These observations on Russian drinking were made in the early 1990s and have been adapted from my book on living in provincial Russia, 'Little Tenement on the Volga'.
Much has been said about Russian drinking habits. In the 17th century a Croatian priest wrote, “What can be said of our drunkenness? If you were to search the whole world over, nowhere could you find such a vile, repulsive and terrible drunkenness as exists here is Russia.
The priest was sent to Siberia for his remarks.
Nineteenth century European travellers in Russia commented upon the comatose figures lying outside every inn, sleeping off the effects of vodka. These days [this was written in the early 90s] there are fewer restaurants and hotels than in Tsarist times, so the sleeping bodies are distributed all over town, in bus shelters, entranceways and courtyards. As a friend wryly observed, ‘You have a lot of pubs, and we have a lot of streets.’
Drunks congregate at railway stations, private kiosks that line the main street and little beer stands called pivnushki. There was a pivnushka at the end of my street which attracted a constant stream of shabby figures clutching three-litre pickle jars. As they left I used to fear they would never make it across the road. Swaying dangerously at the kerbside, they stared ahead with the eyes of crazed fish. Sometimes an unsteady couple would link hands and tenderly help each other across the tram tracks.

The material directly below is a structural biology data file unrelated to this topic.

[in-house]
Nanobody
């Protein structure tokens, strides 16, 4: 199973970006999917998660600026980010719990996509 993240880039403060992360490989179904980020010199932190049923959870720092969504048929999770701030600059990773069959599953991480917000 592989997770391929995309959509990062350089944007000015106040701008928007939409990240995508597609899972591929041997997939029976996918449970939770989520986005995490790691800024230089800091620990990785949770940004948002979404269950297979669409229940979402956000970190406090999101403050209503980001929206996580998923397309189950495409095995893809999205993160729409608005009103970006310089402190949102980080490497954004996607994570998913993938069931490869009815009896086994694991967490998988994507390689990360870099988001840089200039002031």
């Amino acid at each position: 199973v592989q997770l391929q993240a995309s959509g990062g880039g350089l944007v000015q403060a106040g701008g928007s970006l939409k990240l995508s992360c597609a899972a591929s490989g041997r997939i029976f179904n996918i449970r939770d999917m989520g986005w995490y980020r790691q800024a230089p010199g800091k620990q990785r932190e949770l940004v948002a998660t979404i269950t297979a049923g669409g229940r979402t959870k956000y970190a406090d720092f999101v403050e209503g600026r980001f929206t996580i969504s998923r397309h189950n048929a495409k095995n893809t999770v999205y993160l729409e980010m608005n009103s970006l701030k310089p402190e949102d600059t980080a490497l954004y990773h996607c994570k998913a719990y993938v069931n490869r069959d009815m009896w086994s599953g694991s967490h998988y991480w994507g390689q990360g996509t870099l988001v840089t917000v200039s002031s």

Some people preferred cheaper and stronger intoxicants such as furniture polish and window cleaner. The department stores were full of old ladies blowing their pensions on perfumes; in the evenings they displayed their little bottles on upturned crates in the streets. The favourite brand amongst connoisseurs was cucumber face lotion – drunk neat.
In 1986 the militia had to be called to quell a threatened riot in the city’s largest store. Staff had limited sales of eau de Cologne to two bottles per customer.
In 1994 dozens of people in the neighbouring town of Syzran dropped dead from alcohol poisoning. They had waylaid a goods train and broken into a wagon of industrial alcohol. To my mind this was desperation on a par with 18th century London when Gordon rioters fell dead as they drank the gin coursing through the gutters of Holborn.
But who was I to judge? I could afford vodka.
On 5 April, Caroline will be giving a talk at Pushkin House about her experience of co-writing another of her books ‘Smashed in the USSR’ with Ivan Petrov, a vagrant and drunk in late Soviet times, who was practiced in the art of mixing cocktails of glue, petrol and eau de cologne to achieve his alcoholic fix. This searing memoir is a terrifying picture of surviving on the margins of Soviet society, and the affliction of alcoholism on the nation. This talk is part of our season of events accompanying our exhibition: 'Alcohol: Soviet anti-alcohol posters.' (23 March-13 April).